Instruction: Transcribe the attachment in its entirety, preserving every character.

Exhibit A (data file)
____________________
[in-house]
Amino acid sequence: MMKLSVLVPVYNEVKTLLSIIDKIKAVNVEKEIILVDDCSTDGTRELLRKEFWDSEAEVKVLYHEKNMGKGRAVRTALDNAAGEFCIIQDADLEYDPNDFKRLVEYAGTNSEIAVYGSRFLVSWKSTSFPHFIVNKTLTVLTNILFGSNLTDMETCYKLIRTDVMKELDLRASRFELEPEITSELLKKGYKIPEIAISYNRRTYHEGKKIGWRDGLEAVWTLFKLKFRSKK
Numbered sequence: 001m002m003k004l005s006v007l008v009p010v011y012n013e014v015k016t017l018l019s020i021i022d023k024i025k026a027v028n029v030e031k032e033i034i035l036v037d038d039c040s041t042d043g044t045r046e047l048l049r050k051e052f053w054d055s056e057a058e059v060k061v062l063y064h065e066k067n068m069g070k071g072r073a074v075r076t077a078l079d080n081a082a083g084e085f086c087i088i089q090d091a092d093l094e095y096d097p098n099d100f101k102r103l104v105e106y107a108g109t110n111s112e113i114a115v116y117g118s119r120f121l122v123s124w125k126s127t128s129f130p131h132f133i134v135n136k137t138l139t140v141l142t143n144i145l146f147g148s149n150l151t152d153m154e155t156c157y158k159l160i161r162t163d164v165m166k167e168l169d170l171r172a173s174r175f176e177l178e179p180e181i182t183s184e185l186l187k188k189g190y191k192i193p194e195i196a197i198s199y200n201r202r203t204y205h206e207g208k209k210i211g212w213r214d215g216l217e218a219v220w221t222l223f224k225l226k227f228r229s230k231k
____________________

[in-house]
Amino acid sequence: MMKLSVLVPVYNEVKTLLSIIDKIKAVNVEKEIILVDDCSTDGTRELLRKEFWDSEAEVKVLYHEKNMGKGRAVRTALDNAAGEFCIIQDADLEYDPNDFKRLVEYAGTNSEIAVYGSRFLVSWKSTSFPHFIVNKTLTVLTNILFGSNLTDMETCYKLIRTDVMKELDLRASRFELEPEITSELLKKGYKIPEIAISYNRRTYHEGKKIGWRDGLEAVWTLFKLKFRSKK
Numbered sequence: 001m002m003k004l005s006v007l008v009p010v011y012n013e014v015k016t017l018l019s020i021i022d023k024i025k026a027v028n029v030e031k032e033i034i035l036v037d038d039c040s041t042d043g044t045r046e047l048l049r050k051e052f053w054d055s056e057a058e059v060k061v062l063y064h065e066k067n068m069g070k071g072r073a074v075r076t077a078l079d080n081a082a083g084e085f086c087i088i089q090d091a092d093l094e095y096d097p098n099d100f101k102r103l104v105e106y107a108g109t110n111s112e113i114a115v116y117g118s119r120f121l122v123s124w125k126s127t128s129f130p131h132f133i134v135n136k137t138l139t140v141l142t143n144i145l146f147g148s149n150l151t152d153m154e155t156c157y158k159l160i161r162t163d164v165m166k167e168l169d170l171r172a173s174r175f176e177l178e179p180e181i182t183s184e185l186l187k188k189g190y191k192i193p194e195i196a197i198s199y200n201r202r203t204y205h206e207g208k209k210i211g212w213r214d215g216l217e218a219v220w221t222l223f224k225l226k227f228r229s230k231k